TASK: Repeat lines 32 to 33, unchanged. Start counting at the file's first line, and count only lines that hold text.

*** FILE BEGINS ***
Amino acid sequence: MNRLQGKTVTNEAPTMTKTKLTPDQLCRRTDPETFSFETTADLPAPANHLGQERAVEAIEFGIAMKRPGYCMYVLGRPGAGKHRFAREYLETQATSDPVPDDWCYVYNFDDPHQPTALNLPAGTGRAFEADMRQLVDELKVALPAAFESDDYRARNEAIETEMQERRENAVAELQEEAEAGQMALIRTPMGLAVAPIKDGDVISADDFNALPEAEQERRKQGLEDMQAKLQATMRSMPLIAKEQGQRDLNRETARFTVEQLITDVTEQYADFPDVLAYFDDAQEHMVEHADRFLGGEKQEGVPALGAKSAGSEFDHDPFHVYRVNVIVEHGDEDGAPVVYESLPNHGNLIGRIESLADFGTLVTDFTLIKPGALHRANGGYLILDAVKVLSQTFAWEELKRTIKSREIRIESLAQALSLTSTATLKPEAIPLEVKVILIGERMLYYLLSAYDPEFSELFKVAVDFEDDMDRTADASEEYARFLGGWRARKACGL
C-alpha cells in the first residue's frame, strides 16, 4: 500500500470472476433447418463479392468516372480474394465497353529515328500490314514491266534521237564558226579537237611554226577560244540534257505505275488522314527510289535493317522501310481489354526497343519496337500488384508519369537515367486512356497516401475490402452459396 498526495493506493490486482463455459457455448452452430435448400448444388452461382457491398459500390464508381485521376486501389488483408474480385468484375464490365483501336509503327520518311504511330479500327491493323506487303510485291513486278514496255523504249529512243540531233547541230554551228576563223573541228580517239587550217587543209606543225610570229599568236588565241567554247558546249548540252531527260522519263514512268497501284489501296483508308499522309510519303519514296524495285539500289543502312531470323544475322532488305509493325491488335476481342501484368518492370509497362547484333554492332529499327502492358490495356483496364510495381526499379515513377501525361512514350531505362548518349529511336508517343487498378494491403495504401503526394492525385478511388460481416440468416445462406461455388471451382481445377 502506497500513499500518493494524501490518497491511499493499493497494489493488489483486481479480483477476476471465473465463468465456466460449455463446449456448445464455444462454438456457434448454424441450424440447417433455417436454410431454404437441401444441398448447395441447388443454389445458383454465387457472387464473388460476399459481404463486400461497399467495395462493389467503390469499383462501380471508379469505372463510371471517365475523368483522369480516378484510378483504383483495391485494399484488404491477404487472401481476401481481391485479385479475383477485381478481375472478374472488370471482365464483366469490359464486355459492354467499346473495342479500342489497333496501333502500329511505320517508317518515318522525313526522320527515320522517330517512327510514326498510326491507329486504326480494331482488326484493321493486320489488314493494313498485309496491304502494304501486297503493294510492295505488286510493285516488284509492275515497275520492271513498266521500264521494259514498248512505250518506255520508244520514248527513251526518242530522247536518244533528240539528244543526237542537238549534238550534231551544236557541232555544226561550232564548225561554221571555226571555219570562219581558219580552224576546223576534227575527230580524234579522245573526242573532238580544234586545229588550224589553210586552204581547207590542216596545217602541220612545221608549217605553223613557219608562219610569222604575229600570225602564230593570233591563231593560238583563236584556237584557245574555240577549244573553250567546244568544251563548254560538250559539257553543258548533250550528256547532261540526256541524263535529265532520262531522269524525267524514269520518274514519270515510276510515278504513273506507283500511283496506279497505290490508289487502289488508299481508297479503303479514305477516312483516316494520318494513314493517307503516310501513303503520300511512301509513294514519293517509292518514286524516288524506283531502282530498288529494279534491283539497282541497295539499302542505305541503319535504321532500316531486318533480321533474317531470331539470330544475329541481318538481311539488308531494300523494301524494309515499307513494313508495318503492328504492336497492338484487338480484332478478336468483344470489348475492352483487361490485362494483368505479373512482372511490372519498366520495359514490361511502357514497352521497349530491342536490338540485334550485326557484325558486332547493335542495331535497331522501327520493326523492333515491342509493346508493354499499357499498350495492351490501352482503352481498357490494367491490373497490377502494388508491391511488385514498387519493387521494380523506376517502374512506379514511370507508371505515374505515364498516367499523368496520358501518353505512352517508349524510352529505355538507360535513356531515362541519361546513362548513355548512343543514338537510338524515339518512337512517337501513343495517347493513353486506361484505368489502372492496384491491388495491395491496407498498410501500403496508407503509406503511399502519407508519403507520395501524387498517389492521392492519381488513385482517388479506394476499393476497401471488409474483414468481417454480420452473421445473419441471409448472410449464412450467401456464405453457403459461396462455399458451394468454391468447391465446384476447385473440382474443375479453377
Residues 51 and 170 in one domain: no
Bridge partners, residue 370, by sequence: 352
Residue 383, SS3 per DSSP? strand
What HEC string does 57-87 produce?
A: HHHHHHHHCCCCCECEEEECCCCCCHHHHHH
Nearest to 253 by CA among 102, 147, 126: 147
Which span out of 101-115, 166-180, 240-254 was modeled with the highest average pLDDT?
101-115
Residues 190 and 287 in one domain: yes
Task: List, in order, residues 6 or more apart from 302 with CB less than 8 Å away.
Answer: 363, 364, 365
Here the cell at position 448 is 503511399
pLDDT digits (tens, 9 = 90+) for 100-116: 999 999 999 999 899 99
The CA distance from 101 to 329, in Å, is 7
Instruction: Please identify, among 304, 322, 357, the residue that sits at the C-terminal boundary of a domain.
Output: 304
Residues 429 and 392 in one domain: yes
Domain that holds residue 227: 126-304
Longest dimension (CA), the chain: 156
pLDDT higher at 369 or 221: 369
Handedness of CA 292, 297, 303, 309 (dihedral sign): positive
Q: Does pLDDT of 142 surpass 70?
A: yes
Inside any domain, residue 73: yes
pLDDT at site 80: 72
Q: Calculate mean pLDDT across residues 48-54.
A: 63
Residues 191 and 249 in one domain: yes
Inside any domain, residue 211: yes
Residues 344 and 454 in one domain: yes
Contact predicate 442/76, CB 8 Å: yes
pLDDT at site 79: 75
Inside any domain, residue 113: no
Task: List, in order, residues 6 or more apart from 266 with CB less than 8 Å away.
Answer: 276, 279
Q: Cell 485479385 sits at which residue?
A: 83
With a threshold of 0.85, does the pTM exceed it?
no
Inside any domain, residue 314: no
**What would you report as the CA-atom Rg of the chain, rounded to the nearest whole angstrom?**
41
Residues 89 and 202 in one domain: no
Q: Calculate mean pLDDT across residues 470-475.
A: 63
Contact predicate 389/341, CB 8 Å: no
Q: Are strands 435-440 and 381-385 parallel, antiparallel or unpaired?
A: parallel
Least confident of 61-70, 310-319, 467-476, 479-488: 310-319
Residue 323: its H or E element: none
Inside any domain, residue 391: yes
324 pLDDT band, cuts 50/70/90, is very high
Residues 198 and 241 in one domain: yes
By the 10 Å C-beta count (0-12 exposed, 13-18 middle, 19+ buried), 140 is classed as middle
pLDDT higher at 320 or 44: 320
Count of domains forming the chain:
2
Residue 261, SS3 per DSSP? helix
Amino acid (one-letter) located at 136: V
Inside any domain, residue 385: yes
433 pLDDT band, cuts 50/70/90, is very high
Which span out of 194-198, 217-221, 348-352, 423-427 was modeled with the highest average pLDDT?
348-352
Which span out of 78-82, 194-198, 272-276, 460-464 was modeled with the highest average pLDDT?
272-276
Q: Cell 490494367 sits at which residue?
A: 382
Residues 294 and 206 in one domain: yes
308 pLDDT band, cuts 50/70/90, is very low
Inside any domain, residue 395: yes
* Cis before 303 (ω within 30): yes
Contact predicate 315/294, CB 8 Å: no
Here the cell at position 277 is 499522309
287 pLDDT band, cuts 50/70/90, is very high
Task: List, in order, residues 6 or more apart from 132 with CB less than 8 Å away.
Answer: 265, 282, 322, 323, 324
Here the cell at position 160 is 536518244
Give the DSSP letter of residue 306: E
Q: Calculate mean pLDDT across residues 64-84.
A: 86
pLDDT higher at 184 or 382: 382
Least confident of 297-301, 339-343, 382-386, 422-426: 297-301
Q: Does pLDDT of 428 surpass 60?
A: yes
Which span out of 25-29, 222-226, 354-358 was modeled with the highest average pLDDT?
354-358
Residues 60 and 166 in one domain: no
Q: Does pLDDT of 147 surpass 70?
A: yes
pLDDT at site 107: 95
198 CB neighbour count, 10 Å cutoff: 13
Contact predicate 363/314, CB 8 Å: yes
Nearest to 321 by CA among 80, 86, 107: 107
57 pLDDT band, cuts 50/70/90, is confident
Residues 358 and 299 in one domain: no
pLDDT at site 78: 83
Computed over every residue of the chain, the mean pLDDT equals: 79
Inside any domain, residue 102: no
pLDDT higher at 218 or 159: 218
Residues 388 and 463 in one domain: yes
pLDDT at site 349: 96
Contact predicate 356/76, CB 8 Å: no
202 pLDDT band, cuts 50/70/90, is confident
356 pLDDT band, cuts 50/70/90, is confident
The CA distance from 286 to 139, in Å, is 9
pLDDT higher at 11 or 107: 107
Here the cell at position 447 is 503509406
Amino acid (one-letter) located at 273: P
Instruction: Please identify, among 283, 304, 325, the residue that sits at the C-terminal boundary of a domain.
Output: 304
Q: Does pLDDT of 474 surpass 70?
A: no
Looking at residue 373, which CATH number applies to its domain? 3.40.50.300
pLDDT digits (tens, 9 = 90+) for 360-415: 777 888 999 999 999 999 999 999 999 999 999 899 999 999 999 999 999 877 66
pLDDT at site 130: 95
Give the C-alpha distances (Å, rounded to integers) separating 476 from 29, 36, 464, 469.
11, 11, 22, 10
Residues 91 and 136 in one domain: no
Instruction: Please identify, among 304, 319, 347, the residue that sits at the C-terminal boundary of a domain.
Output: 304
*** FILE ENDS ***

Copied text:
Residues 344 and 454 in one domain: yes
Contact predicate 442/76, CB 8 Å: yes